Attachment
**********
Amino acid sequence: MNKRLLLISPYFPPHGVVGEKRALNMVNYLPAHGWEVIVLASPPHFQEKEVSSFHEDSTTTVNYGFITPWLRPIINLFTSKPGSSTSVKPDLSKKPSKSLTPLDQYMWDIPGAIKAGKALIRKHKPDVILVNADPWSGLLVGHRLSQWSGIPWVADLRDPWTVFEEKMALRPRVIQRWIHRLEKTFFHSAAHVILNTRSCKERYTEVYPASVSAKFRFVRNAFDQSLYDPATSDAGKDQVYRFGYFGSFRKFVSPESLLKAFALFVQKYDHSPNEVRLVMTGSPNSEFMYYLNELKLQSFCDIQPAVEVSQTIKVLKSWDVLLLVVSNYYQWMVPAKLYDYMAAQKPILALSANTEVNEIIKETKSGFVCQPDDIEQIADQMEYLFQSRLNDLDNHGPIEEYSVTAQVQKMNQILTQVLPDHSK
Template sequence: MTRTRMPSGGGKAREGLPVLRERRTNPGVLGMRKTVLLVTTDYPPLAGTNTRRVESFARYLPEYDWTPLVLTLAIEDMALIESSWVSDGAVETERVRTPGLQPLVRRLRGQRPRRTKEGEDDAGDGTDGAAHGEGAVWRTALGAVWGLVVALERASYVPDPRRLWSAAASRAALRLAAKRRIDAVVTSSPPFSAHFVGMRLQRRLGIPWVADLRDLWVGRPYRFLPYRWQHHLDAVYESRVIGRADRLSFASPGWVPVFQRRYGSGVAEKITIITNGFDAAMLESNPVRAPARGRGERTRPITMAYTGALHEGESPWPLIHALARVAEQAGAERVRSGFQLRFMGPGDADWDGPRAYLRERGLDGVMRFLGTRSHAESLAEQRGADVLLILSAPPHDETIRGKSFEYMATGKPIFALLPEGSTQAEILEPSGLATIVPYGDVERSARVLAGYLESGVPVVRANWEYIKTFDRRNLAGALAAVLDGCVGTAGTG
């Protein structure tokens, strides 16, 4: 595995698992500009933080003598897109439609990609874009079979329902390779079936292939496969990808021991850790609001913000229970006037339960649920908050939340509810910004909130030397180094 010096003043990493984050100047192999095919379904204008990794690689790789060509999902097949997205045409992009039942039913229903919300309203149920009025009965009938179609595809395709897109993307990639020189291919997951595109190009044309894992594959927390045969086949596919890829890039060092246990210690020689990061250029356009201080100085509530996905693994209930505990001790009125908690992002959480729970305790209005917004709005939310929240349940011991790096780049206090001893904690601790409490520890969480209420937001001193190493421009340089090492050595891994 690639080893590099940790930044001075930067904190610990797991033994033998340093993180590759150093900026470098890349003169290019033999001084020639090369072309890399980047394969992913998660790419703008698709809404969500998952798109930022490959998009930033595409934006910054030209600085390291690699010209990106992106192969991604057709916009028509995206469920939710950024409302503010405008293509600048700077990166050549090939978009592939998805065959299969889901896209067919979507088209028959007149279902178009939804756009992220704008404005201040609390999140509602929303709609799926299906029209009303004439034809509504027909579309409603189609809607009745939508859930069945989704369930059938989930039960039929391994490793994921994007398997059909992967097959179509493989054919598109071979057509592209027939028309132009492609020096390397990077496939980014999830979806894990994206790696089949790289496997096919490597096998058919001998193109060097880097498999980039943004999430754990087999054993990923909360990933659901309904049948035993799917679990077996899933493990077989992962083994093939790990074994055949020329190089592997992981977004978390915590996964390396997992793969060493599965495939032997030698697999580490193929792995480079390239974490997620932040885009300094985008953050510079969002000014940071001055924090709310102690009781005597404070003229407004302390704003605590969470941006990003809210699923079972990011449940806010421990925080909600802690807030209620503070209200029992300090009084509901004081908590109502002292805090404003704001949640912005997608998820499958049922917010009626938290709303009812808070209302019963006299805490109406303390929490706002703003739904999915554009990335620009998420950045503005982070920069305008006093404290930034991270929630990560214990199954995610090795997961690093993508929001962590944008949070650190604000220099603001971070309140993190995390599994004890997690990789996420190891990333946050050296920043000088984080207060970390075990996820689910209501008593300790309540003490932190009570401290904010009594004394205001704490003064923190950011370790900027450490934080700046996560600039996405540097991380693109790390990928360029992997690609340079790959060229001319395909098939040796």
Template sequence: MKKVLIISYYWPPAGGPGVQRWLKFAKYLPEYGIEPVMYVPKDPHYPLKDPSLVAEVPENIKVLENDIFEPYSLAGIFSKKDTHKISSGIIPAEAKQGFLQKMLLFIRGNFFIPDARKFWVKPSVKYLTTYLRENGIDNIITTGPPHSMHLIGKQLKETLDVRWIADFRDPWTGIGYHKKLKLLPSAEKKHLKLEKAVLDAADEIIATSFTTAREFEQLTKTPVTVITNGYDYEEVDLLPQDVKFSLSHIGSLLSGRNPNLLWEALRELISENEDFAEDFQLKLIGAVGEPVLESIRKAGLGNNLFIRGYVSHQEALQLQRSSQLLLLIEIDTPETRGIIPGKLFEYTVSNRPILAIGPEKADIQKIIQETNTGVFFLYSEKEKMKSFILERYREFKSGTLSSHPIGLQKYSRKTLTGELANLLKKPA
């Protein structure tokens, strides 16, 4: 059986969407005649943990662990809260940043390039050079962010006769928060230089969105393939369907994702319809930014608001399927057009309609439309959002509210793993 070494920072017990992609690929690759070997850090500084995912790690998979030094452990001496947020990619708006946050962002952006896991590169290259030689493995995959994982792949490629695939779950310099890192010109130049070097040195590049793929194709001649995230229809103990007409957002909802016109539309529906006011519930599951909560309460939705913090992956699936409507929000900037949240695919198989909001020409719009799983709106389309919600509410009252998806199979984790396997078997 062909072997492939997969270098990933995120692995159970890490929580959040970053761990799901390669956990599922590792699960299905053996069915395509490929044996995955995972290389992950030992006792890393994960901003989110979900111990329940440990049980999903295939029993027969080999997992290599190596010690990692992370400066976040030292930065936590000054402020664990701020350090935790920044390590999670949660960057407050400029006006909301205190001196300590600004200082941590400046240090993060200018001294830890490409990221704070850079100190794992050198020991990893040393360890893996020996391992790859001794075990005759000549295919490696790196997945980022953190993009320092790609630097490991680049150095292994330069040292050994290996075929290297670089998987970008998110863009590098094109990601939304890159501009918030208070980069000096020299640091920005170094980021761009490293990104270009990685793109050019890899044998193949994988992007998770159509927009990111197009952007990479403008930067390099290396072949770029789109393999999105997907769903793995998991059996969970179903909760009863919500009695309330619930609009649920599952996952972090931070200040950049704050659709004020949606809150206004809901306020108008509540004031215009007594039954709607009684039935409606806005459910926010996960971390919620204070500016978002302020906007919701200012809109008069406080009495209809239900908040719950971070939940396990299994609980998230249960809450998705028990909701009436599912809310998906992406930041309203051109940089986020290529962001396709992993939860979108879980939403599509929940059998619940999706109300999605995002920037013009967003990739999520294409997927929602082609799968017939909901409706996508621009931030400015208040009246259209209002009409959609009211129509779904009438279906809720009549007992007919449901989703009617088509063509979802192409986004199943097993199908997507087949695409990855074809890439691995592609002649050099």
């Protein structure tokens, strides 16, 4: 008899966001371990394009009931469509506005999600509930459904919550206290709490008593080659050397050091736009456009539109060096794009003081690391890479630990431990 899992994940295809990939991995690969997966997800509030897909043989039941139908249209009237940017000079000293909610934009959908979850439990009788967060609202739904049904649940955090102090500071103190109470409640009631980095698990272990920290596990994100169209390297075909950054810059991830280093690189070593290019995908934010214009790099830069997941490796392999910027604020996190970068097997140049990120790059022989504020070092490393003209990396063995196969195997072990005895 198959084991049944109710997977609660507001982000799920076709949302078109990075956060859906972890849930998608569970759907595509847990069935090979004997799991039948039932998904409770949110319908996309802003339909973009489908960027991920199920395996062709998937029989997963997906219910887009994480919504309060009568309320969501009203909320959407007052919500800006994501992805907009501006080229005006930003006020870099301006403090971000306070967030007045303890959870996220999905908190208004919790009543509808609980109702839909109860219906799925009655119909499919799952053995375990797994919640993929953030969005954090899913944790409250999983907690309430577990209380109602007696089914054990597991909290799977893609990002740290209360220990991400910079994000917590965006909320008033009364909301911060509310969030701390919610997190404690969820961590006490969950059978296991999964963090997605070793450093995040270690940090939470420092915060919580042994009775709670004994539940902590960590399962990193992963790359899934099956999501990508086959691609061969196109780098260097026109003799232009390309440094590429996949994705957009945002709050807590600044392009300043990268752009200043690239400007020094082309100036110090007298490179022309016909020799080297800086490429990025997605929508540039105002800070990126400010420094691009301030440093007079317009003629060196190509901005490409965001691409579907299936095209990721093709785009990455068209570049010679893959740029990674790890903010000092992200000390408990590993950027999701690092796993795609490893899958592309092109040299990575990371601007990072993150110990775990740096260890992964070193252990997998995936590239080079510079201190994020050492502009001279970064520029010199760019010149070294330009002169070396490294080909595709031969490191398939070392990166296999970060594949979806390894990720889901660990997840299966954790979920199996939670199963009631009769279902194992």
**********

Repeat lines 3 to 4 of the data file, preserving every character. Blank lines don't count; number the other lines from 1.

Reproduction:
């Protein structure tokens, strides 16, 4: 595995698992500009933080003598897109439609990609874009079979329902390779079936292939496969990808021991850790609001913000229970006037339960649920908050939340509810910004909130030397180094 010096003043990493984050100047192999095919379904204008990794690689790789060509999902097949997205045409992009039942039913229903919300309203149920009025009965009938179609595809395709897109993307990639020189291919997951595109190009044309894992594959927390045969086949596919890829890039060092246990210690020689990061250029356009201080100085509530996905693994209930505990001790009125908690992002959480729970305790209005917004709005939310929240349940011991790096780049206090001893904690601790409490520890969480209420937001001193190493421009340089090492050595891994 690639080893590099940790930044001075930067904190610990797991033994033998340093993180590759150093900026470098890349003169290019033999001084020639090369072309890399980047394969992913998660790419703008698709809404969500998952798109930022490959998009930033595409934006910054030209600085390291690699010209990106992106192969991604057709916009028509995206469920939710950024409302503010405008293509600048700077990166050549090939978009592939998805065959299969889901896209067919979507088209028959007149279902178009939804756009992220704008404005201040609390999140509602929303709609799926299906029209009303004439034809509504027909579309409603189609809607009745939508859930069945989704369930059938989930039960039929391994490793994921994007398997059909992967097959179509493989054919598109071979057509592209027939028309132009492609020096390397990077496939980014999830979806894990994206790696089949790289496997096919490597096998058919001998193109060097880097498999980039943004999430754990087999054993990923909360990933659901309904049948035993799917679990077996899933493990077989992962083994093939790990074994055949020329190089592997992981977004978390915590996964390396997992793969060493599965495939032997030698697999580490193929792995480079390239974490997620932040885009300094985008953050510079969002000014940071001055924090709310102690009781005597404070003229407004302390704003605590969470941006990003809210699923079972990011449940806010421990925080909600802690807030209620503070209200029992300090009084509901004081908590109502002292805090404003704001949640912005997608998820499958049922917010009626938290709303009812808070209302019963006299805490109406303390929490706002703003739904999915554009990335620009998420950045503005982070920069305008006093404290930034991270929630990560214990199954995610090795997961690093993508929001962590944008949070650190604000220099603001971070309140993190995390599994004890997690990789996420190891990333946050050296920043000088984080207060970390075990996820689910209501008593300790309540003490932190009570401290904010009594004394205001704490003064923190950011370790900027450490934080700046996560600039996405540097991380693109790390990928360029992997690609340079790959060229001319395909098939040796």
Template sequence: MKKVLIISYYWPPAGGPGVQRWLKFAKYLPEYGIEPVMYVPKDPHYPLKDPSLVAEVPENIKVLENDIFEPYSLAGIFSKKDTHKISSGIIPAEAKQGFLQKMLLFIRGNFFIPDARKFWVKPSVKYLTTYLRENGIDNIITTGPPHSMHLIGKQLKETLDVRWIADFRDPWTGIGYHKKLKLLPSAEKKHLKLEKAVLDAADEIIATSFTTAREFEQLTKTPVTVITNGYDYEEVDLLPQDVKFSLSHIGSLLSGRNPNLLWEALRELISENEDFAEDFQLKLIGAVGEPVLESIRKAGLGNNLFIRGYVSHQEALQLQRSSQLLLLIEIDTPETRGIIPGKLFEYTVSNRPILAIGPEKADIQKIIQETNTGVFFLYSEKEKMKSFILERYREFKSGTLSSHPIGLQKYSRKTLTGELANLLKKPA